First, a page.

Before Muslims, Obama uses family background to urge U.S.-Islam respect: Making a political liability into an asset

Dogged by persistent but untrue rumors that he is a closet Muslim, Barack Obama’s presidential campaign carefully sidestepped questions about his Muslim ancestry. But in Cairo, Egypt, on June 4 Obama quoted the “Holy Qur’an,” greeted his audience with the customary “Assalaamu alaykum” and, when speaking of Moses, Jesus and Muhammad in the same breath, said “peace be upon them.”

What was once his greatest political liability has been retooled into his greatest asset as Barack Hussein Obama incorporated his own biography into his effort to overhaul America’s image in the Muslim world.

“I’m a Christian, but my father came from a Kenyan family that includes generations of Muslims,” Obama said in his highly anticipated appeal to the Islamic world.

“As a boy, I spent several years in Indonesia and heard the call of the azaan [Muslim call to prayer] at the break of dawn and at the fall of dusk,” he said. “As a young man, I worked in Chicago communities where many found dignity and peace in their Muslim faith.”

Wesley Granberg-Michaelson, general secretary of the Reformed Church in America, who worked on a White House task force to help craft the Cairo speech, said Obama’s openness on personal influences was more than the right diplomatic emphasis. “It’s also about trying to establish accurately who he really is,” he said.

The core of Obama’s message was his pledge to “seek a new beginning between the United States and Muslims around the world.” He spoke mostly about Iran, Iraq and Afghanistan but said he also intends to deal directly with stalemated issues between Israelis and Palestinians. Americans, he said, “will not turn our backs on the legitimate Pales tinian aspirations for dignity, opportunity and a state of their own.”

America and Islam need not be in competition, Obama said. “Instead, they overlap, and share common principles—principles of justice and progress; tolerance and dignity of all human beings.”

The audience of 3,000 guests at Cairo University was very receptive, said Dalia Mogahed, executive director of the Gallup Center for Muslim Studies, who was present at the event. “His very openly, and with great pride, talking about his Muslim background was seen as an incredible gesture,” said Mogahed, a member of the White House’s faith-based advisory council.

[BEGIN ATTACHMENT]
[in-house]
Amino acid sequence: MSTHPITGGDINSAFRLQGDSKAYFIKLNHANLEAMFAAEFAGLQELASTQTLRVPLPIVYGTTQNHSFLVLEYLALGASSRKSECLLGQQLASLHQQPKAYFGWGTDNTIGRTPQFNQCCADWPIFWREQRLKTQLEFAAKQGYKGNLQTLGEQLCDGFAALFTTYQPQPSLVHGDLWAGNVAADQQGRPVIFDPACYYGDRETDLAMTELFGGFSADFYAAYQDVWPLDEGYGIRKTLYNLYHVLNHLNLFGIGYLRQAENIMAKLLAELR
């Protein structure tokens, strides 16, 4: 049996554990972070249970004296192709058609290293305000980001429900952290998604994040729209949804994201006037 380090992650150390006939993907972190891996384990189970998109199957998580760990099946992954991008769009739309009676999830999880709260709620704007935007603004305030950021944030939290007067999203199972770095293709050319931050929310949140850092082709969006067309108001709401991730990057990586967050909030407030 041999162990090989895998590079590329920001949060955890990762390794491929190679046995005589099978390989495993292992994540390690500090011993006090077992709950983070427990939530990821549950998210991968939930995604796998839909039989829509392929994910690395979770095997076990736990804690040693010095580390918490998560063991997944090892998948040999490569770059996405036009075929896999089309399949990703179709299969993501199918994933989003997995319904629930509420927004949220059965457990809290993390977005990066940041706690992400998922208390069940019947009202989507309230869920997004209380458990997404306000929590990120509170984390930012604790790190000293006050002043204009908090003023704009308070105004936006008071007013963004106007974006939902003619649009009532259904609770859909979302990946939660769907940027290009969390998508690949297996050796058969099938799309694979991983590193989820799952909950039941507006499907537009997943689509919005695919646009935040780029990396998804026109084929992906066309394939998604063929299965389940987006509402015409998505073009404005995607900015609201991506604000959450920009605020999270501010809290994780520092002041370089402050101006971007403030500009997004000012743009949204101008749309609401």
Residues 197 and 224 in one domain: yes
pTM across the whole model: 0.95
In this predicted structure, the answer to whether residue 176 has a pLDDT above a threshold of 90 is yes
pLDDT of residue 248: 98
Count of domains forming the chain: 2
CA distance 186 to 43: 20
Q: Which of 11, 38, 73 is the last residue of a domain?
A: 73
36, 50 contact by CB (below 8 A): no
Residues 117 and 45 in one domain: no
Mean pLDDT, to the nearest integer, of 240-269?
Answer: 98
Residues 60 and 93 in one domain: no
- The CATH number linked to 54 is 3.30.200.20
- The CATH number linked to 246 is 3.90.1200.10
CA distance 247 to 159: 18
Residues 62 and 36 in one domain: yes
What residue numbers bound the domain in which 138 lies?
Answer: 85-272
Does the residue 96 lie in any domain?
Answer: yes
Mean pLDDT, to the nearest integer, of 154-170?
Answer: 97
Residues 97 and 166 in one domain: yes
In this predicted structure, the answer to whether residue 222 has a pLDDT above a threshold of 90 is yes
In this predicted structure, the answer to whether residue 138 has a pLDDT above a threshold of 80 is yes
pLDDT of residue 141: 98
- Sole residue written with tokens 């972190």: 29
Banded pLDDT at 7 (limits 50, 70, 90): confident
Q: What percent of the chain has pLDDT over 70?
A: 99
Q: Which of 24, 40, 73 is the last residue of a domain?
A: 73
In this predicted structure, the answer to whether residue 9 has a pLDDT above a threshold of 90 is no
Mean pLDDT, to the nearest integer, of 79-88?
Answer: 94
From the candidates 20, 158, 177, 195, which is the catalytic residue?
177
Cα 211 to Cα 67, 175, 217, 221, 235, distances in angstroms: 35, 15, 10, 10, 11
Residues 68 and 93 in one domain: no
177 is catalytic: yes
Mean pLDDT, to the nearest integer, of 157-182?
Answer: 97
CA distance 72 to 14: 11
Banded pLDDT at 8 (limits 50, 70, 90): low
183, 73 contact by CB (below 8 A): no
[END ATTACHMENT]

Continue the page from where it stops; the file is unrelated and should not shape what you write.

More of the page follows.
The Washington-based Council on Amer ican-Islamic Relations praised Obama’s broad-outlines speech as “comprehensive, balanced and forthright.” In addition, CAIR officials said: “By quoting the Qur’an on issues such as diversity, justice and the sanctity of human life, the president acknowledged Islam’s contributions to universal values.”

Obama’s public recognition of his ties to Islam will no doubt stir up opposition and confusion in certain corners. Fully 11 percent of Americans still think Obama is a Muslim, according to a recent poll by the Pew Research Center for People & the Press, and another 35 percent do not know what to make of his religion.

While calling the U.S.-Israel bond “unbreakable,” Obama reiterated his warning to Israelis against building new settlements in Palestinian sectors. The president acknowledged that the radical Hamas organization has some support among Palestinians, but said Hamas has responsibilities “to end violence, recognize past agreements, recognize Israel’s right to exist.”

Some Middle East observers noted that no new initiatives or timelines were proposed by Obama.

A group of 54 U.S. mainline Prot estant, evangelical and Catholic leaders praised Obama for making Israeli-Palestinian peace a top priority, but their letter to the president also expressed concern over the “deteriorating situation in the Holy Land,” particularly the plight of the dwindling Palestinian Christian community. –RNS, other sources